The Texas-based Canadian runner Calum Neff raced the TCS New York Marathon on Sunday, November 4, finishing 83rd overall, with a time of 2:34:54. Two days later, he posted some helpful recovery tips on his Instagram that would benefit anyone recovering from a marathon or long training run.
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🏁 Photo Finish 🏁 What a day in NYC running step for-step with fellow @polarglobal and @nathansportsinc athlete @mikewardian! Checkout our finish video where we were greeted by long time and retiring race director Peter Ciaccia. I’m happy I could run his final @nycmarathon. He’s done a lot for the sport and especially professional running. 🙏 Thank you @peter_ciaccia, the entire @nyrr team, and NYC! #TCSNYCmarathon #NYCmarathon @altrarunning #ZeroLimits #spAltra #marathon
“Truth is,” writes Neff, “I often work harder at recovery than I do the actual training. To save time, money, and do all the important “little stuff” more frequently I bring as much of the recovery process as possible into the home.”
TENS (transcutaneous electrical nerve stimulation)
Neff uses a PowerDot muscle stimulator, which is a portable TENS unit with wireless app control. Neff says it’s “Great for tense muscles, increasing blood flow, pre-x warmup, soreness/pain relief, self massage, and more.
Neff recommends a lacrosse ball, or even just your thumbs, on hips and calves, during your post-run shower. He suggests adding some Bio-Freeze or Tiger Balm to help with pain if necessary.
Graston blade, acupuncture
Neff keeps a Graston blade (which has multiple uses) in the shower for scraping the fascia on all muscle and tissue areas, for him primarily the calves, quads, hips and hamstrings. He cautions that this technique and “dry needling” require plenty of practise, and may be better left to your physiotherapist.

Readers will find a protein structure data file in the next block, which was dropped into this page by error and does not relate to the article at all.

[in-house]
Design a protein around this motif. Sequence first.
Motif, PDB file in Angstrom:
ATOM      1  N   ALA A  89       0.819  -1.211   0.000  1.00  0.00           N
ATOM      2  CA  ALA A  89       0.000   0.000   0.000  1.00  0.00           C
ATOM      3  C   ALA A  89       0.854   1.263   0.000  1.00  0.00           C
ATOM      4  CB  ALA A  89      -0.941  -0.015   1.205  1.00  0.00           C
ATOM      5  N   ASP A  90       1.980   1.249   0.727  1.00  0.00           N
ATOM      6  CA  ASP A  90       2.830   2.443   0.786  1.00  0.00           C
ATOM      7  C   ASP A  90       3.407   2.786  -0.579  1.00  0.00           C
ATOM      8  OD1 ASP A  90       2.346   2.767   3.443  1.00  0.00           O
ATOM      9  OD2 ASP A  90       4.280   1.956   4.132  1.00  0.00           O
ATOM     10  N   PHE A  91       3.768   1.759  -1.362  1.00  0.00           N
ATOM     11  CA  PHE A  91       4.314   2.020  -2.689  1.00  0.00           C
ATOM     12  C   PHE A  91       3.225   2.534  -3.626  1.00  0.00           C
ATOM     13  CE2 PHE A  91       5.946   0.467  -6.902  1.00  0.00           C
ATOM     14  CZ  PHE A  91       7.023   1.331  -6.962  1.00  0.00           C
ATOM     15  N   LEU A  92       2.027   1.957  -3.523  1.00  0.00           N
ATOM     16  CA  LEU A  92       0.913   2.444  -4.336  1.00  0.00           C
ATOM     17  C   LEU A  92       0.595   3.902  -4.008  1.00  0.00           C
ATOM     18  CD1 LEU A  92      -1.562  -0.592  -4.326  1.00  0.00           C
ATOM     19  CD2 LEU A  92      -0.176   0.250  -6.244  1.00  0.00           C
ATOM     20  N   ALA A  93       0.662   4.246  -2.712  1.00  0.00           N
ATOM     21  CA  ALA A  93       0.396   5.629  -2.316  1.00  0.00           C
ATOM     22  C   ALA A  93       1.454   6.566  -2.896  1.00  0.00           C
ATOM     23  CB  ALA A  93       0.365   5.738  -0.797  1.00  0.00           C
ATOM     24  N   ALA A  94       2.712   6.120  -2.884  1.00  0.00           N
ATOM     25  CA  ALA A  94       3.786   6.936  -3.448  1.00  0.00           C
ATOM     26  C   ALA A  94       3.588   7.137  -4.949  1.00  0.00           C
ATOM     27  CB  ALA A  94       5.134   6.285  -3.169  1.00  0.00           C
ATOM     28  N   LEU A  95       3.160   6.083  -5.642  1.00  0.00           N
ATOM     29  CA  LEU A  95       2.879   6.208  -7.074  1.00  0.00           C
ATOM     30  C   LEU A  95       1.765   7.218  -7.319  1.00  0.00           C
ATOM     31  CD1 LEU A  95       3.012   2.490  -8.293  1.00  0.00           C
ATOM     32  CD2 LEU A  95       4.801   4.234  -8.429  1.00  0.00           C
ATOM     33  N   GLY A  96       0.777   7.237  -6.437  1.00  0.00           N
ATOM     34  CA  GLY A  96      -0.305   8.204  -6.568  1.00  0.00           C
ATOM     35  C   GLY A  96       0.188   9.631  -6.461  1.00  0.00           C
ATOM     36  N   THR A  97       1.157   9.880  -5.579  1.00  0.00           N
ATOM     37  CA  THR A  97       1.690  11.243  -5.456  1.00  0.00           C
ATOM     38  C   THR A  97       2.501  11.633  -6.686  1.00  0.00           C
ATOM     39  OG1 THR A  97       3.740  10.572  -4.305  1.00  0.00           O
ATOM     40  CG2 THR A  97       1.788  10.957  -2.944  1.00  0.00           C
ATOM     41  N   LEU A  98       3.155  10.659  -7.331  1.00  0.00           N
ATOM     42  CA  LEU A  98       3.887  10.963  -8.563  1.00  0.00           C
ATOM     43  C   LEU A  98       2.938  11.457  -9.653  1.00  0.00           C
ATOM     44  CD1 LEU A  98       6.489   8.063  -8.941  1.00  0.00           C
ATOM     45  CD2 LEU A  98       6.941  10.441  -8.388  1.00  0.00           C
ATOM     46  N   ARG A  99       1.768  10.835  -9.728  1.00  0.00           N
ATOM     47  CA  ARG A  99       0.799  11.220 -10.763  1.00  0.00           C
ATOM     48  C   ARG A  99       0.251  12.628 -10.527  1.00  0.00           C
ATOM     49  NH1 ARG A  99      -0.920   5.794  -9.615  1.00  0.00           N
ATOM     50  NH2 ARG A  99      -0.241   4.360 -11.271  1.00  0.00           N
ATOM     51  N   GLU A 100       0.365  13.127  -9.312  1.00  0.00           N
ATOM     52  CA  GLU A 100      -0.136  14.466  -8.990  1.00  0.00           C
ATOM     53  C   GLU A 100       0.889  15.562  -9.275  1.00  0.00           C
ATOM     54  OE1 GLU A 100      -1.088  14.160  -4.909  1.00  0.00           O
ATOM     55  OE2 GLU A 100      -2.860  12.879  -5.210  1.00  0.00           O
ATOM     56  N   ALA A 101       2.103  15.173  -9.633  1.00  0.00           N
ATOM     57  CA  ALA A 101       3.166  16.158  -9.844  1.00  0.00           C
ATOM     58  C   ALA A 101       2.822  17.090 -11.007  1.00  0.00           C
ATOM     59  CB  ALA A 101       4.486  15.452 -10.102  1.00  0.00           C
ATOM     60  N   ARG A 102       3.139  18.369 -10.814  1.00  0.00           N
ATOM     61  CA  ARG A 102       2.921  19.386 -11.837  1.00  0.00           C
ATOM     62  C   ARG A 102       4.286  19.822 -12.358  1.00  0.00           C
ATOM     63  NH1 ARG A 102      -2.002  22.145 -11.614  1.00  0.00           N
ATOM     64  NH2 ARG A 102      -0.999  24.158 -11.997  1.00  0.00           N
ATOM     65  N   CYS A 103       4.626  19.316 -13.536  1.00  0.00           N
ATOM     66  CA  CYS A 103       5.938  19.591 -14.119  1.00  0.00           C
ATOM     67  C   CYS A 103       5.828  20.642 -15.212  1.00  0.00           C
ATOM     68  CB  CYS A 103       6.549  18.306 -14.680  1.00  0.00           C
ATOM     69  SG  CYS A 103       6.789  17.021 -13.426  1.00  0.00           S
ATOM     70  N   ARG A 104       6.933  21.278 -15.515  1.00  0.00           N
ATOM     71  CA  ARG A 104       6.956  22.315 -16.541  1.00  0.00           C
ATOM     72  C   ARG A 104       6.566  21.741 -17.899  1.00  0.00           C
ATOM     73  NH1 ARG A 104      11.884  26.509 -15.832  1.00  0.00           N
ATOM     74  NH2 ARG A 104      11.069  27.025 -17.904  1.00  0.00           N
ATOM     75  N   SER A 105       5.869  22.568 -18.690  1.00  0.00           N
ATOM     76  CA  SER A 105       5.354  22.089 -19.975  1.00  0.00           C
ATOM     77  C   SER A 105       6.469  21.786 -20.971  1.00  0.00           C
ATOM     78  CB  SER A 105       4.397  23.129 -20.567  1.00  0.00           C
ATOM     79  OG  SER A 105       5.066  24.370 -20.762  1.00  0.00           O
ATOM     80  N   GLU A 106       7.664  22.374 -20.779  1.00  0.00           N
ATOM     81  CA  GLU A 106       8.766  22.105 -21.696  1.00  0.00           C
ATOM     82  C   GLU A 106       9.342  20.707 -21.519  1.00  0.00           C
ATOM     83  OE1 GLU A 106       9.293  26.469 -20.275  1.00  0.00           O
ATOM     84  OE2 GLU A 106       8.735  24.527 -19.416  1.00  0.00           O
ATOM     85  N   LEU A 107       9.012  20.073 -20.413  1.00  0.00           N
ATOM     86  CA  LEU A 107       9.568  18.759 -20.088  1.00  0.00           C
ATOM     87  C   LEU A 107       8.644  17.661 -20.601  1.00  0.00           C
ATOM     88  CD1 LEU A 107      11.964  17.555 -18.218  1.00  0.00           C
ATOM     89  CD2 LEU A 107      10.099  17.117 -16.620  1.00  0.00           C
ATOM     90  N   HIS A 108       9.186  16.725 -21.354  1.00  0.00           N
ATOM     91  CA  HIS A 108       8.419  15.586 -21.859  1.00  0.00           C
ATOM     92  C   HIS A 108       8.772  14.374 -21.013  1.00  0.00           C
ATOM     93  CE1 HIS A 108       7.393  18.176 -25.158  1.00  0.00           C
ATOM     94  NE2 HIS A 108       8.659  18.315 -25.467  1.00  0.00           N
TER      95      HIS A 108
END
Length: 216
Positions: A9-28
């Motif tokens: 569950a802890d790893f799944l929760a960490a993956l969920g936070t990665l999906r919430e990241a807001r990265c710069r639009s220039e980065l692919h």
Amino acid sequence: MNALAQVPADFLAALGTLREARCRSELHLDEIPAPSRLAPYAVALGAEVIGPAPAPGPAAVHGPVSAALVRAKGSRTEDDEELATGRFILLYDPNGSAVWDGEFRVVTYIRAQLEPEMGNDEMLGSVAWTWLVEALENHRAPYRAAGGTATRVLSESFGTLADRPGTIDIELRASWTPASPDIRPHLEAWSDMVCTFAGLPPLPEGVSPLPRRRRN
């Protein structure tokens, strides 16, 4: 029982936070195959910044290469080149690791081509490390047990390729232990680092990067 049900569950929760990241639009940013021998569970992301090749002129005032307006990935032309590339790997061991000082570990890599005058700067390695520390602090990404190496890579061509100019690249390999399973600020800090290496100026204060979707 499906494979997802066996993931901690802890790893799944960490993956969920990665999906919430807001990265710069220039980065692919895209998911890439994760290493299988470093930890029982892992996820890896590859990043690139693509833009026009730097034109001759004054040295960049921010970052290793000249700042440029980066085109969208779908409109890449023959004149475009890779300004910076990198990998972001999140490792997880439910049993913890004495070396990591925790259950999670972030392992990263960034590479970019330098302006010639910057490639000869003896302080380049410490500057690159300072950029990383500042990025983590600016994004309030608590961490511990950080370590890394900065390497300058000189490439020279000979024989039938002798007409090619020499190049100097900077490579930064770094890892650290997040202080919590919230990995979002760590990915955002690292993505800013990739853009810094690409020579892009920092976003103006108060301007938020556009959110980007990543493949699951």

“‘Good’ healthy tissue is smooth,” says Neff, “but when you reach an area of poorly formed or damaged tissue, it has almost a vibration feedback of breaking up the area and accelerating blood flow for recovery while helping the tissue re-align in a stronger formation.”
Heat or cold?
Neff likes both hot and cold, and suggests they can be alternated: “I love my epsom salt baths (probably my number-one go-to favourite) but also alternating hot/cold is sometimes the only thing that releases tense muscles.”
Here’s the cheapest way to cold roll: Fill a styrofoam cup with water and freeze it. Then use it as a roller, peeling the styrofoam off it as the ice melts. Neff also visits a cryo spa for professional cold therapy.
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____________BIG 🍎 NYC____________ GOOD LUCK MARATHON RUNNERS Enjoyed an unconventional marathon shakeout this morning with the #AbbottDash5k running steady for 16 flat and not pushing too hard. Calf muscle that has been slightly strained the past few weeks was feeling okay and I’m looking forward to running the Five Burroughs tomorrow! I’m gearing up for an early 2019 attempt at the 2:19 IAAF standard so tomorrow will be an unconventional training run on route. Good luck out there everyone! 🍎 @altrarunning #ZeroLimits #spAltra @spacecityracing #RunHOU #NYCmarathon #NYC #Marathon @strava #Kudos @polarglobal #PolarV800 #MarathonTraining @firstendurance #instarunners @nuunhydration @strydrunning @nycmarathon Thanks to random runner friend for the warmup photo 📸: @bushybrowsss YOU ROCK!
“Too often people do nothing when they are hurt,” says Neff. “This is a great time to find an activity you can do without aggravating an injury, or after coming off big efforts.” He recommends no-impact options like cycling or a Zero Runner (a type of no-impact treadmill), or simply walking outdoors or on a treadmill.